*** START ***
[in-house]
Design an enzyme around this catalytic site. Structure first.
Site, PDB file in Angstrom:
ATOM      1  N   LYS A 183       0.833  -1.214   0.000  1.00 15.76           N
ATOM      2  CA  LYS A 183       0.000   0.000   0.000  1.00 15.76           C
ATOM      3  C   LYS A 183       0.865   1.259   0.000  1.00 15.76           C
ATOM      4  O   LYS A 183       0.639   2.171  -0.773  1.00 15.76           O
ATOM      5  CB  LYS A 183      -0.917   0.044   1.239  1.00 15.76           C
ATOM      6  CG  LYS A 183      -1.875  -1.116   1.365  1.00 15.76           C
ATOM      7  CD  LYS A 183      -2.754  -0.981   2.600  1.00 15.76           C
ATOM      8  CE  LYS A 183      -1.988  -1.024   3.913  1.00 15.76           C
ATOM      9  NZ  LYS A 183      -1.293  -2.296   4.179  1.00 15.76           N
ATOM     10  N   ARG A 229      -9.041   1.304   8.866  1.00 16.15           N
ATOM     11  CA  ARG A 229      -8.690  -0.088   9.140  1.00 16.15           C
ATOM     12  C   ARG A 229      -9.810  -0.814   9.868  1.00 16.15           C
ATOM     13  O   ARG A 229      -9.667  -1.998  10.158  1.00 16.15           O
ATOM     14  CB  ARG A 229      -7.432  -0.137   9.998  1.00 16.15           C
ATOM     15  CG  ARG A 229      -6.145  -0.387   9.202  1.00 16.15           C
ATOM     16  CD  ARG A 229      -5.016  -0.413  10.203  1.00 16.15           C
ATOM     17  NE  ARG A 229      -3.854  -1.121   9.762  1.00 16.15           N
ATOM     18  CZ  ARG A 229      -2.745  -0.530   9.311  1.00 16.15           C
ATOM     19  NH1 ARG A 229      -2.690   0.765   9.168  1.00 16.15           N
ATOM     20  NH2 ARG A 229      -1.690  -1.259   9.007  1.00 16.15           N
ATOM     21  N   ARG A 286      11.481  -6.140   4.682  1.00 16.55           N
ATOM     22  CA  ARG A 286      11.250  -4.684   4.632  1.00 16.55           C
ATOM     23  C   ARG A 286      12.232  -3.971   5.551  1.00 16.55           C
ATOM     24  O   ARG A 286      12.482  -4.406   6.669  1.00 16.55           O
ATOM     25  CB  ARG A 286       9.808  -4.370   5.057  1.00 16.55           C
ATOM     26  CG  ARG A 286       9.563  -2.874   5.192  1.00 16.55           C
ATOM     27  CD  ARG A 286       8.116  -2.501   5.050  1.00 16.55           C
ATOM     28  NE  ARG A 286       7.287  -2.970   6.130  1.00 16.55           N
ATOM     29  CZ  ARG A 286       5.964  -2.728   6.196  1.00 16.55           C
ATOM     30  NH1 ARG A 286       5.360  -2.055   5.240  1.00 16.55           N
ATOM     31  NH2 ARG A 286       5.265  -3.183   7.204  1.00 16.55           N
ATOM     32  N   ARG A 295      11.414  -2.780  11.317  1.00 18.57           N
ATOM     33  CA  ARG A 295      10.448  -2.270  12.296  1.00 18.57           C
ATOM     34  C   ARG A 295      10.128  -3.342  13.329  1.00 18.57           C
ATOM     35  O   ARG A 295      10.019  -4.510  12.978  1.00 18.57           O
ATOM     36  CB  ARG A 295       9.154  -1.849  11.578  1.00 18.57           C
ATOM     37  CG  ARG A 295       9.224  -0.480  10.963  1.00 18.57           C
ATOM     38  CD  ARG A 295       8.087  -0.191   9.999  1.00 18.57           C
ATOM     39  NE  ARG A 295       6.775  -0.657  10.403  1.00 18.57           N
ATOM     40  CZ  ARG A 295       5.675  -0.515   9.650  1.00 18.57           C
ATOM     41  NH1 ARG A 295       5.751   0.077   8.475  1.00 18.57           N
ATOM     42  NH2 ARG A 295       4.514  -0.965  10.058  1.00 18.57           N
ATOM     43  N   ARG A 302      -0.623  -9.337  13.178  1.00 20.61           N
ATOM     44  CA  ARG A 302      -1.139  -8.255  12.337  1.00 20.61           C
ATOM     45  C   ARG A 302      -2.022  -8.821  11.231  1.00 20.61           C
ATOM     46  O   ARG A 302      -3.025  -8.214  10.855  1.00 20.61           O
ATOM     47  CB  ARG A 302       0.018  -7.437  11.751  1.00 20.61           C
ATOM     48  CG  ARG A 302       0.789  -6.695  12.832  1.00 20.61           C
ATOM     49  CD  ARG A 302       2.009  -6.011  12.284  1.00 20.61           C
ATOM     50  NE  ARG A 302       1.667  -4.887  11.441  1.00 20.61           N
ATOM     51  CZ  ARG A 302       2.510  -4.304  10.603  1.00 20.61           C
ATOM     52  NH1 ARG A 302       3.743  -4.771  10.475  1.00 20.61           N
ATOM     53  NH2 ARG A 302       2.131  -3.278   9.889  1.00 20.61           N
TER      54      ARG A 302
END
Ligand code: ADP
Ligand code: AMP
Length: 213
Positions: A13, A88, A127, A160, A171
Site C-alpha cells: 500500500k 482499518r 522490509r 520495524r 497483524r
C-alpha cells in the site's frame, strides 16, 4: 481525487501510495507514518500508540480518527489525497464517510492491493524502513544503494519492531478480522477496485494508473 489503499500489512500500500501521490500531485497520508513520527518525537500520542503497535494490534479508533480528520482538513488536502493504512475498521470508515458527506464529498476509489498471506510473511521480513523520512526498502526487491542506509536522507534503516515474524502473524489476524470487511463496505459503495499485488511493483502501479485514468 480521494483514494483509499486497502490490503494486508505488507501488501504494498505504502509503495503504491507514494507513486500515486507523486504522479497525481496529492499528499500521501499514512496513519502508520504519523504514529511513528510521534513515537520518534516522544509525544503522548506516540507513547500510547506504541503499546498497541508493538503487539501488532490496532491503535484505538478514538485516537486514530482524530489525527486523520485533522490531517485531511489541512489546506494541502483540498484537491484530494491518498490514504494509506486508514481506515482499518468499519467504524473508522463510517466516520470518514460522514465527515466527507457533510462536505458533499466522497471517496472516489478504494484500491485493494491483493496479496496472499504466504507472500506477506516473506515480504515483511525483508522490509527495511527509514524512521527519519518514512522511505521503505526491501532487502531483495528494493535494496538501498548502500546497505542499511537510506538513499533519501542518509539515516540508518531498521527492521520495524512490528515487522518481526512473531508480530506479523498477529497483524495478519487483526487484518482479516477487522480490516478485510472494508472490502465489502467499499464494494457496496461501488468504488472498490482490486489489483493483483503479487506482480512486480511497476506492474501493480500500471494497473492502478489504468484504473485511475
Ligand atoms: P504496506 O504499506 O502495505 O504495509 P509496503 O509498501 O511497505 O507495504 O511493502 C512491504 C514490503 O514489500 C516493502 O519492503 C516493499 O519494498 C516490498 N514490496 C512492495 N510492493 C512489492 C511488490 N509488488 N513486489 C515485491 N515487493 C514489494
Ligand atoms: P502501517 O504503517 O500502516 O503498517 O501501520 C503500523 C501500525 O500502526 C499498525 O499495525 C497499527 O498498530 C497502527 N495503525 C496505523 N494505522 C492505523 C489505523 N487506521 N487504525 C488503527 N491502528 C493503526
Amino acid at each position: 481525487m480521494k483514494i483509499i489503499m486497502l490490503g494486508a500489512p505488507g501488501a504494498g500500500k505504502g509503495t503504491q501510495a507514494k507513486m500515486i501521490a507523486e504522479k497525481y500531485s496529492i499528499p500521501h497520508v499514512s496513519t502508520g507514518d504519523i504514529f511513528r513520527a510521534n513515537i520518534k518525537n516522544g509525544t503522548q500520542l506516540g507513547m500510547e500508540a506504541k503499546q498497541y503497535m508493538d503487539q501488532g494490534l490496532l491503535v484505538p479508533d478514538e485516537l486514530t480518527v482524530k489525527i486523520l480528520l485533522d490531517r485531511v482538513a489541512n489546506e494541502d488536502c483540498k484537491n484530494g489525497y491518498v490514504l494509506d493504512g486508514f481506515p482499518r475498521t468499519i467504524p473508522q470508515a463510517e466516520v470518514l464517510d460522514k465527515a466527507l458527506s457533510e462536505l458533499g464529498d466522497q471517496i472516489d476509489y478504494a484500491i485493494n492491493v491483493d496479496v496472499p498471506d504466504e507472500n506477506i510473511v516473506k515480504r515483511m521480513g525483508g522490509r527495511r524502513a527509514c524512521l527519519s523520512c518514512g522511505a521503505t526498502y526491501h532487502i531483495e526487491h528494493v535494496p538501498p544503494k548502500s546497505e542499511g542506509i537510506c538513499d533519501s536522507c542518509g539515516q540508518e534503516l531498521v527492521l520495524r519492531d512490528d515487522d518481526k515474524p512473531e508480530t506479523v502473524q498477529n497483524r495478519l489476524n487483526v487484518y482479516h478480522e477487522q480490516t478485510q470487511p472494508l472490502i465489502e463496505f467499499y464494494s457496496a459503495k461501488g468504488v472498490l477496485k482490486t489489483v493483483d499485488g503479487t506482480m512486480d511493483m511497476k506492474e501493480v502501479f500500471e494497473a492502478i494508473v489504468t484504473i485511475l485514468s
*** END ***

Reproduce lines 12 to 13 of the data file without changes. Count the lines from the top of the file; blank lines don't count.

ATOM      9  NZ  LYS A 183      -1.293  -2.296   4.179  1.00 15.76           N
ATOM     10  N   ARG A 229      -9.041   1.304   8.866  1.00 16.15           N